UPSC Exam Preparation: Topic of the Day – Anti tank missiles
- It is an indigenously-developed second generation, Anti-Tank Guided Missile.
- It has a range of 2.8 km. This is the first-ever design and developmental effort in respect of missiles by Bharat Dynamics Limited (BDL), Hyderabad.
- An Anti-Tank Missile (ATM) is a guided missile primarily designed to hit and destroy heavily armored military vehicles.
- ATGMs range in size from shoulder-launched weapons, which can be transported by a single soldier, to larger tripod -mounted weapons, which require a squad or team to transport and fire, to vehicle and aircraft mounted missile systems.
- Nag is a third-generation; fire-and-forget, anti-tank guided missile developed by DRDO to support both mechanized infantry and airborne forces of the Indian Army.
- The missile incorporates an advanced passive homing guidance system and possesses high single-shot kill probability. It is designed to destroy modern main battle tanks and other heavily armoured targets.
- Nag can be launched from land and air-based platforms. The land version is currently available for integration on the Nag missile carrier (NAMICA), which is derived from a BMP-2 tracked infantry combat vehicle.
- It is all weather, top attack missile with a range of 3 to 7 km.
- In addition, HELINA (Helicopter launched NAG) is the air-to-ground version of the NAG anti-tank missile integrated into the HAL built Dhruv Helicopters.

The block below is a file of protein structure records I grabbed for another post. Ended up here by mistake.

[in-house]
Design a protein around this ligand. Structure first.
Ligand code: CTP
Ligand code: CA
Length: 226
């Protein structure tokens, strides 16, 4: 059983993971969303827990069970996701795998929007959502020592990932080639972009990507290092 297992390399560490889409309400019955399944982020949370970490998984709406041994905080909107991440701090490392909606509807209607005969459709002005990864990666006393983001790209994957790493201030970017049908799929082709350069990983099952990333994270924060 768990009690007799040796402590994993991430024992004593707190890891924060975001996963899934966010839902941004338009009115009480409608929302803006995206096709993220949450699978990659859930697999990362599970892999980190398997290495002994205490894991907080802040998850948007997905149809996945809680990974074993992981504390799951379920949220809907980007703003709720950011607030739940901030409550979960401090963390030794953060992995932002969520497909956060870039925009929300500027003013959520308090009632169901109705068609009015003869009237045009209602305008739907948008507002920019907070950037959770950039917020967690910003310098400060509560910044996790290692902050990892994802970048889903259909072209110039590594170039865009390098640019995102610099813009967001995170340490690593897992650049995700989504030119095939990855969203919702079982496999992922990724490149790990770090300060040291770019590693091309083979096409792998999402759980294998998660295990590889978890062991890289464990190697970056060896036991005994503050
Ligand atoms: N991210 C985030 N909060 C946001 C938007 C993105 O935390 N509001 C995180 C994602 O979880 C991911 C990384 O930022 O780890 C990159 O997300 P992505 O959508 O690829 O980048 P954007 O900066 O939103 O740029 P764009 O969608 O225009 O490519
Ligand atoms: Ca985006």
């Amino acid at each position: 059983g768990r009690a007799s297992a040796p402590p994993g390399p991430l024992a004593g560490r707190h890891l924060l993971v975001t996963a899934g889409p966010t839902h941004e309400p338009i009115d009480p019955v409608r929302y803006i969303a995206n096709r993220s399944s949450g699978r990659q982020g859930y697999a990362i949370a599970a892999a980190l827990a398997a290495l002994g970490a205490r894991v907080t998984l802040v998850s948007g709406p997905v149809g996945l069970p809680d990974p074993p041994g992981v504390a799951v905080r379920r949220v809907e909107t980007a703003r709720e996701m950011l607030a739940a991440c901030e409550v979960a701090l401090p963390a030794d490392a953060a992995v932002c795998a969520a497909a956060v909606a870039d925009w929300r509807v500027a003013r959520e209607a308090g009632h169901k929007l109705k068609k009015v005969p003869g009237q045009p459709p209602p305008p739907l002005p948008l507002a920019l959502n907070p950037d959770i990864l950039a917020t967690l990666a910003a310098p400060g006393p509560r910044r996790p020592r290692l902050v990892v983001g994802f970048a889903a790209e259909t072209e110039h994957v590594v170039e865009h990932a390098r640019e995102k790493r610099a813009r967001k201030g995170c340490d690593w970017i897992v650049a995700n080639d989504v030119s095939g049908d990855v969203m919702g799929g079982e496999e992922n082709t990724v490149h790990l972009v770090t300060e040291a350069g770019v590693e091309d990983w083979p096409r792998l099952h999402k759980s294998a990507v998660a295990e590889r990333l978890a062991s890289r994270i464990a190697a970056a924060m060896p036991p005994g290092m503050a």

SPIKE ANTI-TANK GUIDED MISSILES
- India is moving forward with a $1 billion purchase of Spike anti-tank guided missiles from Rafael Advanced Defense Systems of Israel, overlooking the single-vendor situation in the deal, according to an Indian Ministry of Defence official.
- Under the deal, the Indian Army will procure 321 Spike ATGM launchers, 8,356 missiles, 15 training simulators and associated accessories from Rafael on a single-vendor basis.
- “The single-vendor situation has arisen as the other option, American Javelin, was found to be too expensive and has been accepted as a fait accompli keeping in view the needs of the Indian Army for third-generation ATGM
- The deal also includes an option to build another 1,500 launcher systems and about 30,000 additional missiles under technology transfer to state-owned Bharat Dynamics Limited. The first delivery of the Spike ATGM is likely to being 58 to 60 months after the deal is signed.
- The Army currently faces a shortage of ATGMs and has a total requirement of 40,000 ATGMs in the next 20 years. In the meantime, it is using second-generation Milan missiles (with a 2-kilometer range) and Konkurs missiles (with a 4-kilometer range) produced by BDL under license from French and Russian companies, respectively.